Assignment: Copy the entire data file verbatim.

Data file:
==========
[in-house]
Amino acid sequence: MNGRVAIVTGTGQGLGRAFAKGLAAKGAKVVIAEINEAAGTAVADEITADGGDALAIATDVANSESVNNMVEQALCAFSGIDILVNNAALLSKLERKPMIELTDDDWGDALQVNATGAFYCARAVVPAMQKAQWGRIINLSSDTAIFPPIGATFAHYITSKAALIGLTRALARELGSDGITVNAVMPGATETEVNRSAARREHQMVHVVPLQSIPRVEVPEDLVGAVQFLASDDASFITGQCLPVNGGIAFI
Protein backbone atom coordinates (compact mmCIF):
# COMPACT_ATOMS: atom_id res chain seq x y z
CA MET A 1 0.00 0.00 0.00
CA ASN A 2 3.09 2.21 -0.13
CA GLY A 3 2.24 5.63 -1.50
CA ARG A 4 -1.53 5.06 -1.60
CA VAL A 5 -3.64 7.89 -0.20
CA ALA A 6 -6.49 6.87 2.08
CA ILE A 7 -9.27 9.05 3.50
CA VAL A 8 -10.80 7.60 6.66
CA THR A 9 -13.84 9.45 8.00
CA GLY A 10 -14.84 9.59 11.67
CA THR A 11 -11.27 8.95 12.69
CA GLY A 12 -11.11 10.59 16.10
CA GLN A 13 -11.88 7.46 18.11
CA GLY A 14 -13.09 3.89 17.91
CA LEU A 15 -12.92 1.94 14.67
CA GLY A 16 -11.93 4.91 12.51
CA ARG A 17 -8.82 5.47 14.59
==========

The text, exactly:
[in-house]
Amino acid sequence: MNGRVAIVTGTGQGLGRAFAKGLAAKGAKVVIAEINEAAGTAVADEITADGGDALAIATDVANSESVNNMVEQALCAFSGIDILVNNAALLSKLERKPMIELTDDDWGDALQVNATGAFYCARAVVPAMQKAQWGRIINLSSDTAIFPPIGATFAHYITSKAALIGLTRALARELGSDGITVNAVMPGATETEVNRSAARREHQMVHVVPLQSIPRVEVPEDLVGAVQFLASDDASFITGQCLPVNGGIAFI
Protein backbone atom coordinates (compact mmCIF):
# COMPACT_ATOMS: atom_id res chain seq x y z
CA MET A 1 0.00 0.00 0.00
CA ASN A 2 3.09 2.21 -0.13
CA GLY A 3 2.24 5.63 -1.50
CA ARG A 4 -1.53 5.06 -1.60
CA VAL A 5 -3.64 7.89 -0.20
CA ALA A 6 -6.49 6.87 2.08
CA ILE A 7 -9.27 9.05 3.50
CA VAL A 8 -10.80 7.60 6.66
CA THR A 9 -13.84 9.45 8.00
CA GLY A 10 -14.84 9.59 11.67
CA THR A 11 -11.27 8.95 12.69
CA GLY A 12 -11.11 10.59 16.10
CA GLN A 13 -11.88 7.46 18.11
CA GLY A 14 -13.09 3.89 17.91
CA LEU A 15 -12.92 1.94 14.67
CA GLY A 16 -11.93 4.91 12.51
CA ARG A 17 -8.82 5.47 14.59